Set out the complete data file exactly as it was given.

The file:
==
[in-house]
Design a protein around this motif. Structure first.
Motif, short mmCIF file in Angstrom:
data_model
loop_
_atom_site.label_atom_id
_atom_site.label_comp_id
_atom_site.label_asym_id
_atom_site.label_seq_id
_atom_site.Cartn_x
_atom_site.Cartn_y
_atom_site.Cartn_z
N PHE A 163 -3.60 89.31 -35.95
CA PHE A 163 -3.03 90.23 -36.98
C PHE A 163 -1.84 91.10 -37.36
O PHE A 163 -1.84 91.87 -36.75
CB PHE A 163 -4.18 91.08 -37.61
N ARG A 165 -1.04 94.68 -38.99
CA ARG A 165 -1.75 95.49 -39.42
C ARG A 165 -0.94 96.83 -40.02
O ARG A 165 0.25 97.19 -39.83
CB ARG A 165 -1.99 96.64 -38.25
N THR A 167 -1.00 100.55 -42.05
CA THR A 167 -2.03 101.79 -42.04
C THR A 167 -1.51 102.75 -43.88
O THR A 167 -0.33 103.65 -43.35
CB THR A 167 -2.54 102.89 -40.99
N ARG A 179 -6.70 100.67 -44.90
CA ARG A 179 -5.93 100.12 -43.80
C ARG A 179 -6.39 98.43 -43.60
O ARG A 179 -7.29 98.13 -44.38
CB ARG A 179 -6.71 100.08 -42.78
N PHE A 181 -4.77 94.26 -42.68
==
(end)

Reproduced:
[in-house]
Design a protein around this motif. Structure first.
Motif, short mmCIF file in Angstrom:
data_model
loop_
_atom_site.label_atom_id
_atom_site.label_comp_id
_atom_site.label_asym_id
_atom_site.label_seq_id
_atom_site.Cartn_x
_atom_site.Cartn_y
_atom_site.Cartn_z
N PHE A 163 -3.60 89.31 -35.95
CA PHE A 163 -3.03 90.23 -36.98
C PHE A 163 -1.84 91.10 -37.36
O PHE A 163 -1.84 91.87 -36.75
CB PHE A 163 -4.18 91.08 -37.61
N ARG A 165 -1.04 94.68 -38.99
CA ARG A 165 -1.75 95.49 -39.42
C ARG A 165 -0.94 96.83 -40.02
O ARG A 165 0.25 97.19 -39.83
CB ARG A 165 -1.99 96.64 -38.25
N THR A 167 -1.00 100.55 -42.05
CA THR A 167 -2.03 101.79 -42.04
C THR A 167 -1.51 102.75 -43.88
O THR A 167 -0.33 103.65 -43.35
CB THR A 167 -2.54 102.89 -40.99
N ARG A 179 -6.70 100.67 -44.90
CA ARG A 179 -5.93 100.12 -43.80
C ARG A 179 -6.39 98.43 -43.60
O ARG A 179 -7.29 98.13 -44.38
CB ARG A 179 -6.71 100.08 -42.78
N PHE A 181 -4.77 94.26 -42.68